According to one prominent investment firm’s analysis of the VIX, the stock market has not yet experienced the capitulation that typically signals the end of the bear market.
By capitulation, I’m referring to the deep despair that leads investors to throw in the towel and swear off equities. Though not every bear market ends with capitulation, most have. So Wall Street analysts are scouring the historical record for reliable indicators of capitulation.
The VIX — the CBOE Volatility Index
—reflects option traders’ expectation of the S&P 500’s
volatility over the subsequent month, with higher levels indicating greater expected volatility. Since 1990, the earliest year for which the CBOE has historical data for the VIX, its highest-ever close was 82.69 (in March 2020). Its lowest-ever close came in November 2017 at 9.14. It currently stands in the low 20s.
A recent analysis by equity strategists at BNP Paribas concludes that the VIX is a reliable indicator of market capitulation and, therefore, useful for determining whether the bear market has come to an end. They found that the median VIX level at past bear-market bottoms was 40.5, well-above the VIX’s highest level hit (at least so far) in the current bear market (which is 36.45). Furthermore, since the firm found that spikes “in volatility have on average come at the same time as the trough in the market,” they conclude that the bear market has not yet hit bottom.
The firm’s argument seems plausible, since the VIX has stubbornly refused to spike upwards during this bear market — no matter how much turmoil the market has suffered. Take what happened on Dec. 15, when the stock market suffered its biggest decline in three months — with the Dow Jones Industrial Average
slumping more than 750 points. The VIX that day closed up just 1.69 points, at 22.83. This closing level stands at the 74th percentile of the VIX’s historical distribution since 1990, which means that 26% of daily closes over the past 32 years were higher. This certainly suggests that we’re yet to experience capitulation.
Investors nevertheless shouldn’t bet too heavily on this message from the VIX. The median VIX level identified by BNP Paribas at past bear market bottoms — 40.5 — conveys a false precision, since in fact it sits is the middle of a wide range.
Consider where the VIX stood at the bottom of the eight bear markets since 1990 in the Ned Davis Research calendar of bull and bear markets. It ranged broadly from 28.14 to 61.59. In two of those eight, in fact, the VIX was lower than the levels it hit in both the spring and in October of 2022. It therefore seems like a stretch to confidently conclude, from the VIX itself, that the bear market didn’t hit bottom at the market’s spring or October lows.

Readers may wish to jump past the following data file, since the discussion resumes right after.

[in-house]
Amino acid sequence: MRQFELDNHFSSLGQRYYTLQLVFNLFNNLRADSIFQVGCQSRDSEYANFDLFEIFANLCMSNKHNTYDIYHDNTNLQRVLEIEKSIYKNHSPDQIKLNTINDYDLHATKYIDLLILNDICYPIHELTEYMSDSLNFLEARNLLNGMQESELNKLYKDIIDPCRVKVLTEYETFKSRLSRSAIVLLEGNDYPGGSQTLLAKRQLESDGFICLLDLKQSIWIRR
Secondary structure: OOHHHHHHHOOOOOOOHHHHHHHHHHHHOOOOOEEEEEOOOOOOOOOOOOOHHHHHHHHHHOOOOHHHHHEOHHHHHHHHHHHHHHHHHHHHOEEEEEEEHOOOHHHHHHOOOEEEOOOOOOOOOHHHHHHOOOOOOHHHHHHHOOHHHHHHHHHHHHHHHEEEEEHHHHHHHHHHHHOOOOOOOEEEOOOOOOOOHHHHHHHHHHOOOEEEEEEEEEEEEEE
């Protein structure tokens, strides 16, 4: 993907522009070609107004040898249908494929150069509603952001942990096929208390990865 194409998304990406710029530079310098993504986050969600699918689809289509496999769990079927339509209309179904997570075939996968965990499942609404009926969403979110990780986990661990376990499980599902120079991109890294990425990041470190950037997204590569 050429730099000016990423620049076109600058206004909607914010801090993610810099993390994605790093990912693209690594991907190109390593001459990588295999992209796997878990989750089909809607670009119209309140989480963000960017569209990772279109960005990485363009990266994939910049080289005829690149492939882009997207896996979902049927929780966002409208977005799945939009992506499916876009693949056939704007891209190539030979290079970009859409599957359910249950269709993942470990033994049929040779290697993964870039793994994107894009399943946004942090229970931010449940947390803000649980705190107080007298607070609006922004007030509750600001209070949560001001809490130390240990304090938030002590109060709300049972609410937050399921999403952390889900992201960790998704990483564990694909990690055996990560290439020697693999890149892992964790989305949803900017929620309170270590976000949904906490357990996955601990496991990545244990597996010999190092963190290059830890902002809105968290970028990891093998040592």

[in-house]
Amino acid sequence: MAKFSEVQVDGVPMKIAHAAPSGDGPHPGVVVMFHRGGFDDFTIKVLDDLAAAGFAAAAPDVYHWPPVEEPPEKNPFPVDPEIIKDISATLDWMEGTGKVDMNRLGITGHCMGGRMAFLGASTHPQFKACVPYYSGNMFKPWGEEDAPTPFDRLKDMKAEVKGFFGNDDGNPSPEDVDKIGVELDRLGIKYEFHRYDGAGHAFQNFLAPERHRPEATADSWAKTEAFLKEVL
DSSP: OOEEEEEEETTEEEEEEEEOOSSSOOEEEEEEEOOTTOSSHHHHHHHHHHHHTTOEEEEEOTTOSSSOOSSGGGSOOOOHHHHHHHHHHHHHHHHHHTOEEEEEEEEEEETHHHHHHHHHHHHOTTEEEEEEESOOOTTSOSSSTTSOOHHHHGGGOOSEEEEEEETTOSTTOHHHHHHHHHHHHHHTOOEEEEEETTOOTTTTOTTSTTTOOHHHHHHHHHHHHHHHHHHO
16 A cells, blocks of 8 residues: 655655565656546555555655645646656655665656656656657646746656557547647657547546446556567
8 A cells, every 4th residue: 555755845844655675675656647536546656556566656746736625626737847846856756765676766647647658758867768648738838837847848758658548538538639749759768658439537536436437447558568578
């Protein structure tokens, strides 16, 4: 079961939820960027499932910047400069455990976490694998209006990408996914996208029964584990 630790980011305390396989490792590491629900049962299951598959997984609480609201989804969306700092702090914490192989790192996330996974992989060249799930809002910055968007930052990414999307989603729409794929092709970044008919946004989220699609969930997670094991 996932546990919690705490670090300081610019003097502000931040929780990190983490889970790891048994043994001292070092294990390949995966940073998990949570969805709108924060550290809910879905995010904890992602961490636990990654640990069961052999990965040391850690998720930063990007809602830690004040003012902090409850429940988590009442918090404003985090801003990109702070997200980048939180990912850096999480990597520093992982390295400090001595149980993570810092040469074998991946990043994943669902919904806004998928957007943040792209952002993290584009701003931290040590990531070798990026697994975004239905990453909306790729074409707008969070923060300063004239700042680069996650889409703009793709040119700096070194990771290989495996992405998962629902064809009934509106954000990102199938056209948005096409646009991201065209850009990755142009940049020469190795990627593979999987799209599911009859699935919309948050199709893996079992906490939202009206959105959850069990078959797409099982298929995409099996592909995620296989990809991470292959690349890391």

This wide range is also illustrated in the chart above, which reports the S&P 500’s subsequent 12-month return as a function of the VIX. Though average return is correlated with VIX level, notice from the green columns the spread between the stock market’s best- and worst returns. Any bet based on this chart’s data would need to be a low-confidence bet.
Consider what happened during the Global Financial Crisis. Prior to the GFC, the VIX had never risen above the high 40s. So when the VIX rose to that level in October 2008, many of the market timers my firm monitors confidently bet that the bear market was at or near its end. They were wrong. Stocks kept sliding. The VIX in November 2008 would spike to near 90, and the bear market wouldn’t end until the following March, when the S&P 500 was nearly a third lower.
Consider also the notion that a spike in the VIX indicates that the bear-market bottom is near. For each bear market since 1990 in the Ned Davis Research calendar, I calculated the number of days from the date on which the VIX hit its peak to the date on which the bear market ended. The average was 57 calendar days, or almost two months. While in the case of one bear market the VIX’s peak occurred on the exact day of the bear market low, in another case 171 calendar days (almost six months) transpired between the peak and the end. Again, that’s quite a wide range.
So even if the VIX in recent days had spiked up by enough to suggest capitulation, we still couldn’t conclude that the bear market was at or near its end.
These observations are not intended as a criticism of the PNB Paribas research. Since there is no agreed-upon definition of what capitulation is, imprecision is inherent to any attempt to measure it. This is why some analyses have suggested that capitulation has already occurred, while others — such as the research from PNB Paribas — suggest it has not.
The bottom line: The picture is mixed, but that is hardly a surprise. It will never be the case that the indicators all point in the same direction. On the one hand, it is true that, had the VIX spiked much higher in recent sessions, the weight of the evidence would be tilted more towards believing the bear market is near its end. But, on the other hand, such a tilt would be extremely slight.
Mark Hulbert is a regular contributor to MarketWatch. His Hulbert Ratings tracks investment newsletters that pay a flat fee to be audited. He can be reached at firstname.lastname@example.org
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